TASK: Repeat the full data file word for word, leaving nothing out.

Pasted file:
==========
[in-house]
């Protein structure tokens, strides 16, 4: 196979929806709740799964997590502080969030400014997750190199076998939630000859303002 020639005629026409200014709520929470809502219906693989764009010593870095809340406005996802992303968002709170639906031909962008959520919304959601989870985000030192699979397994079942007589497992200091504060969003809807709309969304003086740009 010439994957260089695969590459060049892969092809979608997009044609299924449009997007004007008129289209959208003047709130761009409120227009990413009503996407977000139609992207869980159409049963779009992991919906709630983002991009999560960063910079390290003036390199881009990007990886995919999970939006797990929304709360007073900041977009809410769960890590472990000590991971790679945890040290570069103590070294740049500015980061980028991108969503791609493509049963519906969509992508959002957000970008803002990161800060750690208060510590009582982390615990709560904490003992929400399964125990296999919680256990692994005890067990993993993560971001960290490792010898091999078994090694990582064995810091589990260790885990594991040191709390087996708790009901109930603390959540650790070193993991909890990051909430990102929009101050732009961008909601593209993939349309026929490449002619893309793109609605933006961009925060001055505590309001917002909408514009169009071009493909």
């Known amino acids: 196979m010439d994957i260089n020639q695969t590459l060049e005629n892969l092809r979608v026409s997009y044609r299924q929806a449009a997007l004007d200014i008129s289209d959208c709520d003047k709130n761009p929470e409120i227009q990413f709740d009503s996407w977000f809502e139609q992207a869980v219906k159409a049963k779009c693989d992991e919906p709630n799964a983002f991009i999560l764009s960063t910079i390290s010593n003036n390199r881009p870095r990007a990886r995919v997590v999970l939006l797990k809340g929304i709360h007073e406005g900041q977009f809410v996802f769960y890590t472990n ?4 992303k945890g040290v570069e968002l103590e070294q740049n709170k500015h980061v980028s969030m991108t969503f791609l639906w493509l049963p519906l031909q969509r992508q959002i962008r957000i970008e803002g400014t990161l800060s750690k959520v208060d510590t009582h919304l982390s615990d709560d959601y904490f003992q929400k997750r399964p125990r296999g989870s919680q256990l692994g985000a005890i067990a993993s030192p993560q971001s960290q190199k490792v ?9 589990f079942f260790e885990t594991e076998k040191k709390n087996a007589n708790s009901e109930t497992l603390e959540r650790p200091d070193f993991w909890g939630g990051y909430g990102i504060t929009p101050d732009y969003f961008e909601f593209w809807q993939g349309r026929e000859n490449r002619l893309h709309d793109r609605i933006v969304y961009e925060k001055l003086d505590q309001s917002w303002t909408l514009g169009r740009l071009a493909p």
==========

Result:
[in-house]
């Protein structure tokens, strides 16, 4: 196979929806709740799964997590502080969030400014997750190199076998939630000859303002 020639005629026409200014709520929470809502219906693989764009010593870095809340406005996802992303968002709170639906031909962008959520919304959601989870985000030192699979397994079942007589497992200091504060969003809807709309969304003086740009 010439994957260089695969590459060049892969092809979608997009044609299924449009997007004007008129289209959208003047709130761009409120227009990413009503996407977000139609992207869980159409049963779009992991919906709630983002991009999560960063910079390290003036390199881009990007990886995919999970939006797990929304709360007073900041977009809410769960890590472990000590991971790679945890040290570069103590070294740049500015980061980028991108969503791609493509049963519906969509992508959002957000970008803002990161800060750690208060510590009582982390615990709560904490003992929400399964125990296999919680256990692994005890067990993993993560971001960290490792010898091999078994090694990582064995810091589990260790885990594991040191709390087996708790009901109930603390959540650790070193993991909890990051909430990102929009101050732009961008909601593209993939349309026929490449002619893309793109609605933006961009925060001055505590309001917002909408514009169009071009493909």
């Known amino acids: 196979m010439d994957i260089n020639q695969t590459l060049e005629n892969l092809r979608v026409s997009y044609r299924q929806a449009a997007l004007d200014i008129s289209d959208c709520d003047k709130n761009p929470e409120i227009q990413f709740d009503s996407w977000f809502e139609q992207a869980v219906k159409a049963k779009c693989d992991e919906p709630n799964a983002f991009i999560l764009s960063t910079i390290s010593n003036n390199r881009p870095r990007a990886r995919v997590v999970l939006l797990k809340g929304i709360h007073e406005g900041q977009f809410v996802f769960y890590t472990n ?4 992303k945890g040290v570069e968002l103590e070294q740049n709170k500015h980061v980028s969030m991108t969503f791609l639906w493509l049963p519906l031909q969509r992508q959002i962008r957000i970008e803002g400014t990161l800060s750690k959520v208060d510590t009582h919304l982390s615990d709560d959601y904490f003992q929400k997750r399964p125990r296999g989870s919680q256990l692994g985000a005890i067990a993993s030192p993560q971001s960290q190199k490792v ?9 589990f079942f260790e885990t594991e076998k040191k709390n087996a007589n708790s009901e109930t497992l603390e959540r650790p200091d070193f993991w909890g939630g990051y909430g990102i504060t929009p101050d732009y969003f961008e909601f593209w809807q993939g349309r026929e000859n490449r002619l893309h709309d793109r609605i933006v969304y961009e925060k001055l003086d505590q309001s917002w303002t909408l514009g169009r740009l071009a493909p």